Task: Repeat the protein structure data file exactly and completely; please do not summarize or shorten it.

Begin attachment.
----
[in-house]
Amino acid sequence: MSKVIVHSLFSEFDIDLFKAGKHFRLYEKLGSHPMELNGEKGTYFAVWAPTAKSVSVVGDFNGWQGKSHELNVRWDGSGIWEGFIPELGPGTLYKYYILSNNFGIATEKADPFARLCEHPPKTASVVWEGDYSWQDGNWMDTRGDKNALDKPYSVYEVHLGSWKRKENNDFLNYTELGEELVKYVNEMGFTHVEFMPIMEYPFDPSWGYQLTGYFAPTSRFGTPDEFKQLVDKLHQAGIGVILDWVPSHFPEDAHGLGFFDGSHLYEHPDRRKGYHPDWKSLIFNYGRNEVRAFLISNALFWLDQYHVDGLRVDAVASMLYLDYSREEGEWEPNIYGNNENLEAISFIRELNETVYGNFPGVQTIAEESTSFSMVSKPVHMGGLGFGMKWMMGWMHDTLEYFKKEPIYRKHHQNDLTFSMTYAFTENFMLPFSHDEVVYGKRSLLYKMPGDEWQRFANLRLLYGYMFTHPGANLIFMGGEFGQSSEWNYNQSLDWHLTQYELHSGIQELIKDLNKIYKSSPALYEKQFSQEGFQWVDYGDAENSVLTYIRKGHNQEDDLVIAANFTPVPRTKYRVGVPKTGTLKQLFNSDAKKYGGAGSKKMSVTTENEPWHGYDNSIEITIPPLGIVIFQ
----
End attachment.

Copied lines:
[in-house]
Amino acid sequence: MSKVIVHSLFSEFDIDLFKAGKHFRLYEKLGSHPMELNGEKGTYFAVWAPTAKSVSVVGDFNGWQGKSHELNVRWDGSGIWEGFIPELGPGTLYKYYILSNNFGIATEKADPFARLCEHPPKTASVVWEGDYSWQDGNWMDTRGDKNALDKPYSVYEVHLGSWKRKENNDFLNYTELGEELVKYVNEMGFTHVEFMPIMEYPFDPSWGYQLTGYFAPTSRFGTPDEFKQLVDKLHQAGIGVILDWVPSHFPEDAHGLGFFDGSHLYEHPDRRKGYHPDWKSLIFNYGRNEVRAFLISNALFWLDQYHVDGLRVDAVASMLYLDYSREEGEWEPNIYGNNENLEAISFIRELNETVYGNFPGVQTIAEESTSFSMVSKPVHMGGLGFGMKWMMGWMHDTLEYFKKEPIYRKHHQNDLTFSMTYAFTENFMLPFSHDEVVYGKRSLLYKMPGDEWQRFANLRLLYGYMFTHPGANLIFMGGEFGQSSEWNYNQSLDWHLTQYELHSGIQELIKDLNKIYKSSPALYEKQFSQEGFQWVDYGDAENSVLTYIRKGHNQEDDLVIAANFTPVPRTKYRVGVPKTGTLKQLFNSDAKKYGGAGSKKMSVTTENEPWHGYDNSIEITIPPLGIVIFQ